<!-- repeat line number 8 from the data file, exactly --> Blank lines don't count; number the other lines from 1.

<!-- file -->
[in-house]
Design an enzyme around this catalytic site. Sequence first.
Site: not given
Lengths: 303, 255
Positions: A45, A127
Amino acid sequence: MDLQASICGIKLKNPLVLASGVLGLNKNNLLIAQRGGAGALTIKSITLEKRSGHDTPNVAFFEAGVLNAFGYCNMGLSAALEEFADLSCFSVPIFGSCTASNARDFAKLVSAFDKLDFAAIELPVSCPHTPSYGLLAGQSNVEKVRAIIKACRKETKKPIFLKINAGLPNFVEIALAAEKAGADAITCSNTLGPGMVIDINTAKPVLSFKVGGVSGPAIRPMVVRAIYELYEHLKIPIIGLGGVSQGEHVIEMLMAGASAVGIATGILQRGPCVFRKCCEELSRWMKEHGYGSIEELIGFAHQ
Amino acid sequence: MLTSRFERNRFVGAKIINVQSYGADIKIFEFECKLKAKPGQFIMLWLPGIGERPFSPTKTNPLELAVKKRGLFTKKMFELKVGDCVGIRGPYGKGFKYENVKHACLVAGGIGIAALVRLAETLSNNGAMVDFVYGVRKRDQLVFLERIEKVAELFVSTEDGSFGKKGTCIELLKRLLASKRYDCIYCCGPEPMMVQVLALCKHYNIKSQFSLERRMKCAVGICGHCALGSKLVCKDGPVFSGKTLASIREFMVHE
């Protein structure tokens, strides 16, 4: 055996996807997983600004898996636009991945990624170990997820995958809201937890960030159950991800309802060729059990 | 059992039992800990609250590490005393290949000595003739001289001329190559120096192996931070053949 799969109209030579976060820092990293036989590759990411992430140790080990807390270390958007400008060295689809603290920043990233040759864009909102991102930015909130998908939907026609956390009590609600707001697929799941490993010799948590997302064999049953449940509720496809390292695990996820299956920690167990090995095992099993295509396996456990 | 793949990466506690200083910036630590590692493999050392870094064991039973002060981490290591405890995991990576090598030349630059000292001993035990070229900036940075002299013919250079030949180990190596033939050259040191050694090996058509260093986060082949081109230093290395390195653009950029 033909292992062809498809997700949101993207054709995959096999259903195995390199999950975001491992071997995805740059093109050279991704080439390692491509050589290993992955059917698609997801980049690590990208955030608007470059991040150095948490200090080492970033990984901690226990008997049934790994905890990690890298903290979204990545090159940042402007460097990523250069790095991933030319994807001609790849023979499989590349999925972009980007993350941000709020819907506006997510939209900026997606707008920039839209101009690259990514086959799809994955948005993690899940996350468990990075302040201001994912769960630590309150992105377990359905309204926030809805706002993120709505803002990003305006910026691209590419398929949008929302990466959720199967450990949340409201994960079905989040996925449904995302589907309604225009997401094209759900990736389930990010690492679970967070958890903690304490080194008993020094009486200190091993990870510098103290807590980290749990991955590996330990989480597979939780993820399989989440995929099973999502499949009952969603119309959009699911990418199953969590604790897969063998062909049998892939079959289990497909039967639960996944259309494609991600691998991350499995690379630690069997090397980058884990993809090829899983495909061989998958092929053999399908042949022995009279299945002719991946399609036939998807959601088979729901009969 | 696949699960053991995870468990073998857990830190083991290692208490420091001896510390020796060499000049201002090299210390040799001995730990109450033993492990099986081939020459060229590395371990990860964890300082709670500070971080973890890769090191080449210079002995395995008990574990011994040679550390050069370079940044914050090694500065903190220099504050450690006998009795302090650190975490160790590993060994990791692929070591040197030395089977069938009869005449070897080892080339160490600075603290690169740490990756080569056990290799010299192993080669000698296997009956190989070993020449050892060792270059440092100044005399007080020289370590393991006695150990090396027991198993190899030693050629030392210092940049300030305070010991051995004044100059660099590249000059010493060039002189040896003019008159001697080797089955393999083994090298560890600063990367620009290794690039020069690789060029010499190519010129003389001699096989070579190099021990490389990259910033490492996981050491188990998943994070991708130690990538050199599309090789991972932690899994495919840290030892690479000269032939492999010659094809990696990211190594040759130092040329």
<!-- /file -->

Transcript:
């Protein structure tokens, strides 16, 4: 055996996807997983600004898996636009991945990624170990997820995958809201937890960030159950991800309802060729059990 | 059992039992800990609250590490005393290949000595003739001289001329190559120096192996931070053949 799969109209030579976060820092990293036989590759990411992430140790080990807390270390958007400008060295689809603290920043990233040759864009909102991102930015909130998908939907026609956390009590609600707001697929799941490993010799948590997302064999049953449940509720496809390292695990996820299956920690167990090995095992099993295509396996456990 | 793949990466506690200083910036630590590692493999050392870094064991039973002060981490290591405890995991990576090598030349630059000292001993035990070229900036940075002299013919250079030949180990190596033939050259040191050694090996058509260093986060082949081109230093290395390195653009950029 033909292992062809498809997700949101993207054709995959096999259903195995390199999950975001491992071997995805740059093109050279991704080439390692491509050589290993992955059917698609997801980049690590990208955030608007470059991040150095948490200090080492970033990984901690226990008997049934790994905890990690890298903290979204990545090159940042402007460097990523250069790095991933030319994807001609790849023979499989590349999925972009980007993350941000709020819907506006997510939209900026997606707008920039839209101009690259990514086959799809994955948005993690899940996350468990990075302040201001994912769960630590309150992105377990359905309204926030809805706002993120709505803002990003305006910026691209590419398929949008929302990466959720199967450990949340409201994960079905989040996925449904995302589907309604225009997401094209759900990736389930990010690492679970967070958890903690304490080194008993020094009486200190091993990870510098103290807590980290749990991955590996330990989480597979939780993820399989989440995929099973999502499949009952969603119309959009699911990418199953969590604790897969063998062909049998892939079959289990497909039967639960996944259309494609991600691998991350499995690379630690069997090397980058884990993809090829899983495909061989998958092929053999399908042949022995009279299945002719991946399609036939998807959601088979729901009969 | 696949699960053991995870468990073998857990830190083991290692208490420091001896510390020796060499000049201002090299210390040799001995730990109450033993492990099986081939020459060229590395371990990860964890300082709670500070971080973890890769090191080449210079002995395995008990574990011994040679550390050069370079940044914050090694500065903190220099504050450690006998009795302090650190975490160790590993060994990791692929070591040197030395089977069938009869005449070897080892080339160490600075603290690169740490990756080569056990290799010299192993080669000698296997009956190989070993020449050892060792270059440092100044005399007080020289370590393991006695150990090396027991198993190899030693050629030392210092940049300030305070010991051995004044100059660099590249000059010493060039002189040896003019008159001697080797089955393999083994090298560890600063990367620009290794690039020069690789060029010499190519010129003389001699096989070579190099021990490389990259910033490492996981050491188990998943994070991708130690990538050199599309090789991972932690899994495919840290030892690479000269032939492999010659094809990696990211190594040759130092040329």